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Saturday, 24 September 2016

Meini Gwyr



 Illustration from Pam Figgis's book on Prehistoric Preseli

We have been thinking about what the archaeologists were hoping to find at Pensarn when they started their dig a few weeks ago.  Tony has mentioned possible matches in Anglesey.  Maybe they were hoping to find something like this?  This is Meini Gwyr, close to the Glandy Cross petrol station, at SN14172658.  At present all you can see is two small standing stones and a faint raised embankment or circular cairn with a lower area in the centre.  But the excavations revealed an interesting structure with at least 17 standing stones, a passage down the middle, and kerbs or revetments.  There do seem to be segments and kerbs like this at Pensarn as well.......

This site is of course interesting because it is a part of the Glandy Cross complex, flagged up as one of the most important Early Bronze Age ritual complexes in West Wales.  Herbert Thomas knew about it, and of course this is the same area as his "Cilymaenllwyd" which he speculated as being the possible location for a proto-Stonehenge.  So MPP and his colleagues are by no means the first people to think about a large stone monument being erected in Pembrokeshire and then shipped off later to Stonehenge for some mysterious reason or other...........

The trouble is that in spite of much searching, no circle of sockets of other evidence has ever been found for a big stone circle in this area -- and neither has anybody found a stone working area or "Preselite" tool-making factory, although both have been mooted many times over the years.

From the Coflein web catalogue of sites in Wales:

Site Description
This is an interesting example of an embanked stone circle, a monument type not common to south Wales. Its occurence here shows that the Glandy Cross area was of exceptional importance in the Neolithic and Bronze Ages. The circle consists of a broad, low, roughly circular bank 36.6m in diameter with a narrow entrance on the west. There is no ditch, and excavations by Grimes in 1938 confirmed there had never been one. Two stones of an original 17 still survive on the west side, 1m and 1.7m high respectively, standing 6.5m apart.

Information from Rees, S. 1992, A Guide to Ancient and Historic Wales - Dyfed, Cadw/HMSO, page 38.
For fuller discussion see: T. Kirk and G. Williams, ‘Glandy Cross: A Later Prehistoric Monumental Complex in Carmarthenshire, Wales’, Proceedings of the Prehistoric Society, 66 (2000)

T. Driver, RCAHMW, 16th April 2010.

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More info (Dyfed Archaeological Trust):


Meini Gwyr, also known as Buarth Arthur, is an embanked stone circle probably dating to the transition between the late Neolithic and early Bronze Age periods. The site is likely to have been used for religious rituals.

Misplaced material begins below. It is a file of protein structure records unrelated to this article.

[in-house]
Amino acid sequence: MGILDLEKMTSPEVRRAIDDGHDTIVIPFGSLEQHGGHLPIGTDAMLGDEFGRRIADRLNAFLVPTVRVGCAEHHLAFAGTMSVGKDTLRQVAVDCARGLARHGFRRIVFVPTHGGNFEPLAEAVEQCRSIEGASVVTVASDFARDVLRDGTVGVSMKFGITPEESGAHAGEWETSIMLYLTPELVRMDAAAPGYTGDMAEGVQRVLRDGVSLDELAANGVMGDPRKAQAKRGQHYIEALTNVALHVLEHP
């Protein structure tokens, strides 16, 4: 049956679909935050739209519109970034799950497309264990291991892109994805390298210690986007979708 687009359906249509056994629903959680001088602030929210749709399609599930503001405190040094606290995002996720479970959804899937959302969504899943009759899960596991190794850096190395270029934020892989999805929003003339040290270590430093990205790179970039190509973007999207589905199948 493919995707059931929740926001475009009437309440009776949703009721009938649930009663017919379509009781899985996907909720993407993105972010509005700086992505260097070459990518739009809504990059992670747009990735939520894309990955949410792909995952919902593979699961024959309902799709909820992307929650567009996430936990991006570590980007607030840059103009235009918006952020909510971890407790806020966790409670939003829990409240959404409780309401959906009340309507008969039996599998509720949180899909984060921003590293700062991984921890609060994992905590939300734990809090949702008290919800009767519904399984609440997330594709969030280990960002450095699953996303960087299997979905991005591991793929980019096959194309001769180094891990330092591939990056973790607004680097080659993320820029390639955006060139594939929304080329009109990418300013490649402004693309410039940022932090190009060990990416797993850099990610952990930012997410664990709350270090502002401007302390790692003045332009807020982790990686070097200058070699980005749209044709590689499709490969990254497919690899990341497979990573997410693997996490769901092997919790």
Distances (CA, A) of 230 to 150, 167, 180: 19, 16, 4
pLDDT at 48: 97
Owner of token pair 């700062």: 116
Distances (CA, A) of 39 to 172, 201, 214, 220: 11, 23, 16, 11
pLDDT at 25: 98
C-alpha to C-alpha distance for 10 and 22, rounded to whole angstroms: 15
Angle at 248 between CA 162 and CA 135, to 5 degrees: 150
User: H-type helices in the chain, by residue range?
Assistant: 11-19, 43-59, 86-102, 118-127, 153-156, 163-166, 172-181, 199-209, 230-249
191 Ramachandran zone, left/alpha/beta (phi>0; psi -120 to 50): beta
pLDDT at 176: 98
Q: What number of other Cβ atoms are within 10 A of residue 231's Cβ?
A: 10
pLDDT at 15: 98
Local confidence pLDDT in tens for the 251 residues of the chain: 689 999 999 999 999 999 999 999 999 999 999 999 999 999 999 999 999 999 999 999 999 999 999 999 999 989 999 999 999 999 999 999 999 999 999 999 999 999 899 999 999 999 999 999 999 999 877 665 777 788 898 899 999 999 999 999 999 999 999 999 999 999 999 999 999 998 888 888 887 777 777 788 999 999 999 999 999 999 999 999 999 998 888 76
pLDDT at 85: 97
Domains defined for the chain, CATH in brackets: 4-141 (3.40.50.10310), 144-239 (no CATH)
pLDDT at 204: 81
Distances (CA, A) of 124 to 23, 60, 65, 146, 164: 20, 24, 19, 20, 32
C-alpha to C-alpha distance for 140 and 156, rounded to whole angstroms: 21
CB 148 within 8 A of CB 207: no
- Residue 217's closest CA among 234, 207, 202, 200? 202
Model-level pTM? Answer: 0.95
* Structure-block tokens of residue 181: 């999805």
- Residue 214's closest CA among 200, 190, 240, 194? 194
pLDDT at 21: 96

According to a late 17thC account by Edward Lhuyd, there were then fifteen stones in the circle ranging in height from three to six feet, but a further seven or eight were thought to have been 'carried off'. Apparently, there was also an entrance lined by smaller slabs.

The site was partially excavated in 1938 by Professor W.F. Grimes. Unfortunately most of the records were destroyed in a bombing raid on Southampton in 1940. The plan is based partly on ground and air photographs of the excavation. Grimes established that the circle, some 60 feet in diameter, originally consisted of 17 stones which, like the two surviving ones, were set at an angle into the inner slope of the bank about 3 feet height and 120 feet in the external diameter, with no trace of a ditch. The excavations confirmed that the entrance through the earthwork was formerly flanked by upright stones, set in a trench. The bank was set with stone curb extending for some 30 feet on either side of the entrance, in front of which was a clay-filled pit containing a large quantity of charcoal. There were no features or finds recorded from the interior, though this was only partly examined. Some fragments of early Bronze Age pottery came from a hearth set in a deep depression on the southeast bank.

Meini Gwyr stands at the centre of 'West Wales' most important complex of Neolithic and Bronze Age ritual and funerary monuments, lying on a ridge-way linking the wester end of the Preselis to the eastern Cleddau river and Milford Haven. This was a route by which the bluestones for Stonehenge may have been transported. Included in the complex are several Bronze Age burial mounds and cairns or various forms, and a 'henge' monument (akin to early elements at Stonehenge). Also, there is the site of 'Yr Allor' ('The Altar') comprising two, formerly three standing stones some 200 yards west of Meini Gwyr and apparently known by the 17thC. These stones may be the remains of a chambered tomb.